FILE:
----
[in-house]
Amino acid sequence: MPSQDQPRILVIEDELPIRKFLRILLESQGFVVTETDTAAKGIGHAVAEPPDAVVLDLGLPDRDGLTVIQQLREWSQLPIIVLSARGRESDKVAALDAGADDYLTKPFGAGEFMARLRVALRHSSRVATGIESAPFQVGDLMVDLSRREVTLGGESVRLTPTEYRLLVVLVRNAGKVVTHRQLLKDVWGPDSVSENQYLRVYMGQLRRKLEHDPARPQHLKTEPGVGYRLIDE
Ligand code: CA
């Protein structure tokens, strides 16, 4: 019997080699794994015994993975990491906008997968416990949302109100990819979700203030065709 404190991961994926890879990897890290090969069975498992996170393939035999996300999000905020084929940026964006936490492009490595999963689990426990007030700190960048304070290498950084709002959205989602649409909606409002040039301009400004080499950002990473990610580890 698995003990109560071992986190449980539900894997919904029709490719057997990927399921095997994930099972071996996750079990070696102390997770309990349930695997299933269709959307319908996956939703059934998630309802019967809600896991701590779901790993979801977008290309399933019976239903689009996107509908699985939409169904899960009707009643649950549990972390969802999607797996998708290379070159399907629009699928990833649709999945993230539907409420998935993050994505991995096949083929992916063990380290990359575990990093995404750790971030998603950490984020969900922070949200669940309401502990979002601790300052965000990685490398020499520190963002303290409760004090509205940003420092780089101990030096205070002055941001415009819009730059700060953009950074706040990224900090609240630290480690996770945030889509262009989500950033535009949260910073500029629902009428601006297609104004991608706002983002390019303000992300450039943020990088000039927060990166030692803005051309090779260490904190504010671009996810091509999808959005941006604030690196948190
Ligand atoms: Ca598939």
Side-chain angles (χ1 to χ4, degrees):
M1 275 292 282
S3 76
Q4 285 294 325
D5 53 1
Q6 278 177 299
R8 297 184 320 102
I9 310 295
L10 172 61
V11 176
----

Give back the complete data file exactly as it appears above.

[in-house]
Amino acid sequence: MPSQDQPRILVIEDELPIRKFLRILLESQGFVVTETDTAAKGIGHAVAEPPDAVVLDLGLPDRDGLTVIQQLREWSQLPIIVLSARGRESDKVAALDAGADDYLTKPFGAGEFMARLRVALRHSSRVATGIESAPFQVGDLMVDLSRREVTLGGESVRLTPTEYRLLVVLVRNAGKVVTHRQLLKDVWGPDSVSENQYLRVYMGQLRRKLEHDPARPQHLKTEPGVGYRLIDE
Ligand code: CA
């Protein structure tokens, strides 16, 4: 019997080699794994015994993975990491906008997968416990949302109100990819979700203030065709 404190991961994926890879990897890290090969069975498992996170393939035999996300999000905020084929940026964006936490492009490595999963689990426990007030700190960048304070290498950084709002959205989602649409909606409002040039301009400004080499950002990473990610580890 698995003990109560071992986190449980539900894997919904029709490719057997990927399921095997994930099972071996996750079990070696102390997770309990349930695997299933269709959307319908996956939703059934998630309802019967809600896991701590779901790993979801977008290309399933019976239903689009996107509908699985939409169904899960009707009643649950549990972390969802999607797996998708290379070159399907629009699928990833649709999945993230539907409420998935993050994505991995096949083929992916063990380290990359575990990093995404750790971030998603950490984020969900922070949200669940309401502990979002601790300052965000990685490398020499520190963002303290409760004090509205940003420092780089101990030096205070002055941001415009819009730059700060953009950074706040990224900090609240630290480690996770945030889509262009989500950033535009949260910073500029629902009428601006297609104004991608706002983002390019303000992300450039943020990088000039927060990166030692803005051309090779260490904190504010671009996810091509999808959005941006604030690196948190
Ligand atoms: Ca598939």
Side-chain angles (χ1 to χ4, degrees):
M1 275 292 282
S3 76
Q4 285 294 325
D5 53 1
Q6 278 177 299
R8 297 184 320 102
I9 310 295
L10 172 61
V11 176